Ethics approval

Not provided at time of registration

Study design

Prospective randomised controlled study

Primary study design

Interventional

Secondary study design

Randomised controlled trial

Trial setting

Hospitals

Trial type

Treatment

Patient information sheet

Not available in web format, please use the contact details below to request a patient information sheet

Condition

Coronary artery disease & aortic stenosis

Intervention

1:1 Randomisation of pre-TAVI PCI to no pre-TAVI PCI. The 310 patients will be enrolled from 20 - 30 UK and European centres plus 2 registries.

1. Coronary angiography will be used to identify significant coronary artery disease (CAD) defined as ≥1 lesion of ≥70% in ≥1 epicardial coronary artery
2. Patients without significant CAD will be enrolled into Registry 1
3. Patients whose CAD is not suitable for percutaneous coronary intervention (PCI) will be enrolled into Registry 2
4. The remaining patients with CAD amenable to PCI will be randomised into 2 arms with a 1:1 ratio:
4.1. To receive PCI
4.2. To not undergo PCI

Intervention type

Other

Phase

Not Applicable

Drug names

Primary outcome measures

A comparison of mortality and re-hospitalisation at 12 months

Secondary outcome measures

1. Mortality at 12 months
2. Major adverse cardiovascular and cerebrovascular events (MACCE) at 30 days and 12 months
3. Hospitalisation for heart failure at 30 days and 12 months
4. Procedural complications
5. Procedural success
6. Bleeding Complications
7. Access site complications
8. Transient ischaemic attacks
9. Duration of hospital stay
10. Anginal burden

Overall trial start date

01/10/2011

Overall trial end date

01/10/2015

Reason abandoned

Eligibility

Participant inclusion criteria

1. Patients ≥18 years of age
2. Severe aortic stenosis, as defined by:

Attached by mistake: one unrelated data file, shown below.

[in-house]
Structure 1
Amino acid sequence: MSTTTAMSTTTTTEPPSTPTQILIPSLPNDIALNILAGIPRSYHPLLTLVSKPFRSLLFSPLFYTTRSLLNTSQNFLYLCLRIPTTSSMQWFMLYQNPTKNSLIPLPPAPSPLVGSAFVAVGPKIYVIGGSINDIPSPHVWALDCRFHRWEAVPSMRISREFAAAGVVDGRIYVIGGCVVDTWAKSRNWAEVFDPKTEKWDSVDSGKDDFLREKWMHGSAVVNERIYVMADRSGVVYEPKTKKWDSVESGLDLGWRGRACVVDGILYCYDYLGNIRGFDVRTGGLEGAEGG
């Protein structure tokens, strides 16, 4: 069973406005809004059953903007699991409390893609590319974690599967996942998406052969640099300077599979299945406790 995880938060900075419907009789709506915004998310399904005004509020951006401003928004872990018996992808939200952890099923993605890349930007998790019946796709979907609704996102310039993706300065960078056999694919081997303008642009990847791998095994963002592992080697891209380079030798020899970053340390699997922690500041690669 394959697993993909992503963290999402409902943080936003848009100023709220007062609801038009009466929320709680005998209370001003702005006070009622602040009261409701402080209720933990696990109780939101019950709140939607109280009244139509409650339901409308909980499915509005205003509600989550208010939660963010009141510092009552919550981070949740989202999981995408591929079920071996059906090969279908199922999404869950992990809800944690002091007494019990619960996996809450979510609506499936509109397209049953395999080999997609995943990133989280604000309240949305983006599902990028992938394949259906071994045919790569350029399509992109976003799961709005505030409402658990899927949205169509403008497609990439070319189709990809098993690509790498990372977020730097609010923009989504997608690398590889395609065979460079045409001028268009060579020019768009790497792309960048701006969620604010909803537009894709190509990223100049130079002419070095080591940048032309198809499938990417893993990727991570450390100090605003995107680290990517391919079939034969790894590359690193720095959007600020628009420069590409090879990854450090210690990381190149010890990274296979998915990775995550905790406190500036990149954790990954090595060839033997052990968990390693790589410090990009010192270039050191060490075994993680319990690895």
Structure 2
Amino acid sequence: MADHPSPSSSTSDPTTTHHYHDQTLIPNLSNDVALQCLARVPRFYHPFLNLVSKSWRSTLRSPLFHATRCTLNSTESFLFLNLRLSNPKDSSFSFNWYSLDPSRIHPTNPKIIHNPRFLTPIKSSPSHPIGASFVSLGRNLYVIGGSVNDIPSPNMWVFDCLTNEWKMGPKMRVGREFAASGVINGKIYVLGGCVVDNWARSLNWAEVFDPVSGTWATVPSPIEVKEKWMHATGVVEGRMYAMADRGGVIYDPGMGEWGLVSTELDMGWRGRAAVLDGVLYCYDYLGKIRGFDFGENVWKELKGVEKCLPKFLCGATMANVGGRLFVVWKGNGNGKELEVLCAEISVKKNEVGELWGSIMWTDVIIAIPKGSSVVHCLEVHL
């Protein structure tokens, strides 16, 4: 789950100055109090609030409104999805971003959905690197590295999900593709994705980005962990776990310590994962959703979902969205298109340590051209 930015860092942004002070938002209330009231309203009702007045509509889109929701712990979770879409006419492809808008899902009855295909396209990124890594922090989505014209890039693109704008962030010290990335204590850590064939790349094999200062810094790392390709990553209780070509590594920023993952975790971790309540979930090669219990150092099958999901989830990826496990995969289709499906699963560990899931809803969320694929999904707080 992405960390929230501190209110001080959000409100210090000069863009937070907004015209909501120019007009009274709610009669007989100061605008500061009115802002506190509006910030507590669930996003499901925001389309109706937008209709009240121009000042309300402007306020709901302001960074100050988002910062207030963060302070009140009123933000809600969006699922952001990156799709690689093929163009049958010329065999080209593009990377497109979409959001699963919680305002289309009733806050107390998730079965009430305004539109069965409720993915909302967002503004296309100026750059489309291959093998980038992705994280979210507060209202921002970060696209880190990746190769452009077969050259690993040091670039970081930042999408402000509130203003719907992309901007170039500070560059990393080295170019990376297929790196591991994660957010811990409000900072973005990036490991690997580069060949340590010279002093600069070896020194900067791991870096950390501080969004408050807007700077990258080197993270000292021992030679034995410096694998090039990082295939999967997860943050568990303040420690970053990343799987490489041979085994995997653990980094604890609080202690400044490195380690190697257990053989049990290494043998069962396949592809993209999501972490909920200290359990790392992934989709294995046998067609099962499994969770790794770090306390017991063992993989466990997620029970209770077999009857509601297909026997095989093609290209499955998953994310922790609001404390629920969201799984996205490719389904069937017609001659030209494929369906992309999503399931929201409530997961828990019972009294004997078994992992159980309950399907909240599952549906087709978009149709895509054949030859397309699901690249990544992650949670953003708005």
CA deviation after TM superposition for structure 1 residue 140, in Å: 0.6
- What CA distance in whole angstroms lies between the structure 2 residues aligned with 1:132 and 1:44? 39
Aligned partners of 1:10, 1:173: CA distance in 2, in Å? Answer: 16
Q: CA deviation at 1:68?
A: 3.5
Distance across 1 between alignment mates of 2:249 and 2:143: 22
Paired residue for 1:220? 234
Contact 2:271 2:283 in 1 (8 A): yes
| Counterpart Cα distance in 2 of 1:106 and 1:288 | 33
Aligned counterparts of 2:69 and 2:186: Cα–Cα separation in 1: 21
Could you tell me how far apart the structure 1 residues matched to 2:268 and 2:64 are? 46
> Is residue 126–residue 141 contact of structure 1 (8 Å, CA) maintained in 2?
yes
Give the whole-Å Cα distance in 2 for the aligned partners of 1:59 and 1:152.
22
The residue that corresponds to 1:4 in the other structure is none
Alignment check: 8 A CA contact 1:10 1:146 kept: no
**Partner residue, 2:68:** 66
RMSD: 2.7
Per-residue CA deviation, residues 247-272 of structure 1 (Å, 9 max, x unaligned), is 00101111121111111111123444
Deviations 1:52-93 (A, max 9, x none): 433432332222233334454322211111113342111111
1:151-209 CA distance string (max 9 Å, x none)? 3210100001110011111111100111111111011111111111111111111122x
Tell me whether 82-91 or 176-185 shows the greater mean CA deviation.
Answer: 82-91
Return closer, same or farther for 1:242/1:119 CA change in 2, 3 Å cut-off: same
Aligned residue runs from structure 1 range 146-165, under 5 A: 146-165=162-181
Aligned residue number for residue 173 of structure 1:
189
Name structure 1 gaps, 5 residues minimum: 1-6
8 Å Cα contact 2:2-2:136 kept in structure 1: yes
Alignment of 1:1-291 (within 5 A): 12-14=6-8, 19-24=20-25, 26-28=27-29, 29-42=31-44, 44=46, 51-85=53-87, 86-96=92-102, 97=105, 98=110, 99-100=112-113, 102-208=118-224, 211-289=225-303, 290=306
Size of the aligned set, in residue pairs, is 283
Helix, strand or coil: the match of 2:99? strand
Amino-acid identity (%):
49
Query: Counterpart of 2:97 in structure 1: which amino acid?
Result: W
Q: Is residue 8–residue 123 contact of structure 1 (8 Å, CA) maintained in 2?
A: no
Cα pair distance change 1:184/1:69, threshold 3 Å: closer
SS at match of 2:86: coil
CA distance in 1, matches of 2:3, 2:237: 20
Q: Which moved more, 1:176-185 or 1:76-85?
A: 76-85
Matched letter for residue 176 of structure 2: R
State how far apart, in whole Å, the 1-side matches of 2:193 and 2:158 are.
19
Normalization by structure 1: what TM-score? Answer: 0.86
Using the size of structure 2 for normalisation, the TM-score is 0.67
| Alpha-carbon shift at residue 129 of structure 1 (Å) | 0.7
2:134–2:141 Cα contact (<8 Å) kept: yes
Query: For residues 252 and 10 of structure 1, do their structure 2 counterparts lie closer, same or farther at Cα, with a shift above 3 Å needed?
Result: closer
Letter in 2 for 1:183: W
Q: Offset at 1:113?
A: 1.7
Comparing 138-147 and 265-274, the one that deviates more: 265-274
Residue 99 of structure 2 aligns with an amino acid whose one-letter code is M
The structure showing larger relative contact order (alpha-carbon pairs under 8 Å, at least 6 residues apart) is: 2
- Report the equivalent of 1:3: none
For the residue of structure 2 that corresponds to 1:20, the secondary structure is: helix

2.1. Peak transvalvular gradient of ≥40mmHg on transthoracic echocardiography (TTE)
2.2. Transoesophageal echocardiography (TOE)
2.3. Dobutamine stress echocardiography (DSE)
3. Aortic valve area of <1.0cm2
4. Symptoms suggestive of aortic stenosis (dyspnoea, syncope etc)
5. Deemed prohibitive risk for open aortic valve replacement (AVR) by a multi-disciplinary TAVI multidisciplinary team (MDT), as previously defined, and accepted for TAVI by said TAVI MDT
6. ≥1 proximal stenosis of ≥70% in a major epicardial artery deemed suitable for percutaneous coronary intervention (PCI) TAVI via any accepted approach (transfemoral, transapical, subclavian or transaortic) using any CE marked device
7. Written informed consent

Participant type

Patient

Age group

Adult

Gender

Both

Target number of participants

310 patients randomised to 2 arms PLUS 2 registries

Participant exclusion criteria

1. An obvious acute coronary syndrome within 30 days of randomisation
2. Left main stem disease
3. Pregnancy
4. Active internal bleeding (except menstruation)
5. Allergy to heparin or glycoprotein (GP) IIb/IIIa inhibitors
6. Thrombocytopoenia (platelet count < 100,000 cells/mm3)
7. Patients who have previously been enrolled in this study
8. Patients who are currently enrolled in any other study where involvement in ACTIVATION would involve deviation from either protocol

Recruitment start date

01/10/2011

Recruitment end date

01/10/2015

Locations

Countries of recruitment

France, Germany, United Kingdom

Trial participating centre

Cardiovascular Division
London
SE1 7EH
United Kingdom

Sponsor information

Organisation

Guy's & St Thomas' NHS Foundation Trust (UK)

Sponsor details

c/o Ms Karen Ignatian
Research and Development
16th Floor
Guy's Hospital
Great Maze Pond
London
SE1 9RT
United Kingdom
+44 (0)20 7188 5736
karen.ignatian@gstt.nhs.uk

Sponsor type

Hospital/treatment centre

Website

http://www.guysandstthomas.nhs.uk/

Funders

Funder type

Industry

Funder name

Boston Scientific Inc. (USA)

Alternative name(s)

Funding Body Type

Funding Body Subtype

Location

Funder name

Edwards LifeSciences Inc. (USA)

Alternative name(s)

Funding Body Type

Funding Body Subtype

Location

Results and Publications

Publication and dissemination plan

Not provided at time of registration

Intention to publish date

Participant level data

Not provided at time of registration

Results - basic reporting

Publication summary

2014 protocol in: http://www.ncbi.nlm.nih.gov/pubmed/25059340

Publication citations

  1. Protocol

    Khawaja MZ, Wang D, Pocock S, Redwood SR, Thomas MR, The percutaneous coronary intervention prior to transcatheter aortic valve implantation (ACTIVATION) trial: study protocol for a randomized controlled trial., Trials, 2014, 15, 300, doi: 10.1186/1745-6215-15-300.

Additional files

Editorial Notes